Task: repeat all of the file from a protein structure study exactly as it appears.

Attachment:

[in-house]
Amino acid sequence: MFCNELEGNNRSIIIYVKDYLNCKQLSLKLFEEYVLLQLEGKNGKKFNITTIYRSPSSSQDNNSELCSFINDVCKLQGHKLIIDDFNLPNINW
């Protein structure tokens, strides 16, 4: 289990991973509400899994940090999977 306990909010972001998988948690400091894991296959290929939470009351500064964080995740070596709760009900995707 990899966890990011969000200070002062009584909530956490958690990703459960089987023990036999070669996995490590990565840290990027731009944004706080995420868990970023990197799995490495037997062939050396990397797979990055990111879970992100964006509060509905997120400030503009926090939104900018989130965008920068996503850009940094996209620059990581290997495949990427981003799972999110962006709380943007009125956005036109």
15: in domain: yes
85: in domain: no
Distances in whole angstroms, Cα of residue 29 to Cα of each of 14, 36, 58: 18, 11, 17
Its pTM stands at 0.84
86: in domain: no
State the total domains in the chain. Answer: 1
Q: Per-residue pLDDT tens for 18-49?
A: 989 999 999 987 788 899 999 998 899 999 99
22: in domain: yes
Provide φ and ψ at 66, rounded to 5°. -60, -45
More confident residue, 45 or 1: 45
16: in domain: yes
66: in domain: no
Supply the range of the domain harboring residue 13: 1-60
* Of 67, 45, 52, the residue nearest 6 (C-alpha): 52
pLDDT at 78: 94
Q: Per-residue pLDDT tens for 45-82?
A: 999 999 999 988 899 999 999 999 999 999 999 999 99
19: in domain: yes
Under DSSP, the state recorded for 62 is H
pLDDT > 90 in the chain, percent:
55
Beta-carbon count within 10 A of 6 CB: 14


[in-house]
Amino acid sequence: MFCNELEGNNRSIIIYVKDYLNCKQLSLKLFEEYVLLQLEGKNGKKFNITTIYRSPSSSQDNNSELCSFINDVCKLQGHKLIIDDFNLPNINW
């Protein structure tokens, strides 16, 4: 289990991973509400899994940090999977 306990909010972001998988948690400091894991296959290929939470009351500064964080995740070596709760009900995707 990899966890990011969000200070002062009584909530956490958690990703459960089987023990036999070669996995490590990565840290990027731009944004706080995420868990970023990197799995490495037997062939050396990397797979990055990111879970992100964006509060509905997120400030503009926090939104900018989130965008920068996503850009940094996209620059990581290997495949990427981003799972999110962006709380943007009125956005036109």
15: in domain: yes
85: in domain: no
Distances in whole angstroms, Cα of residue 29 to Cα of each of 14, 36, 58: 18, 11, 17
Its pTM stands at 0.84
86: in domain: no
State the total domains in the chain. Answer: 1
Q: Per-residue pLDDT tens for 18-49?
A: 989 999 999 987 788 899 999 998 899 999 99
22: in domain: yes
Provide φ and ψ at 66, rounded to 5°. -60, -45
More confident residue, 45 or 1: 45
16: in domain: yes
66: in domain: no
Supply the range of the domain harboring residue 13: 1-60
* Of 67, 45, 52, the residue nearest 6 (C-alpha): 52
pLDDT at 78: 94
Q: Per-residue pLDDT tens for 45-82?
A: 999 999 999 988 899 999 999 999 999 999 999 999 99
19: in domain: yes
Under DSSP, the state recorded for 62 is H
pLDDT > 90 in the chain, percent:
55
Beta-carbon count within 10 A of 6 CB: 14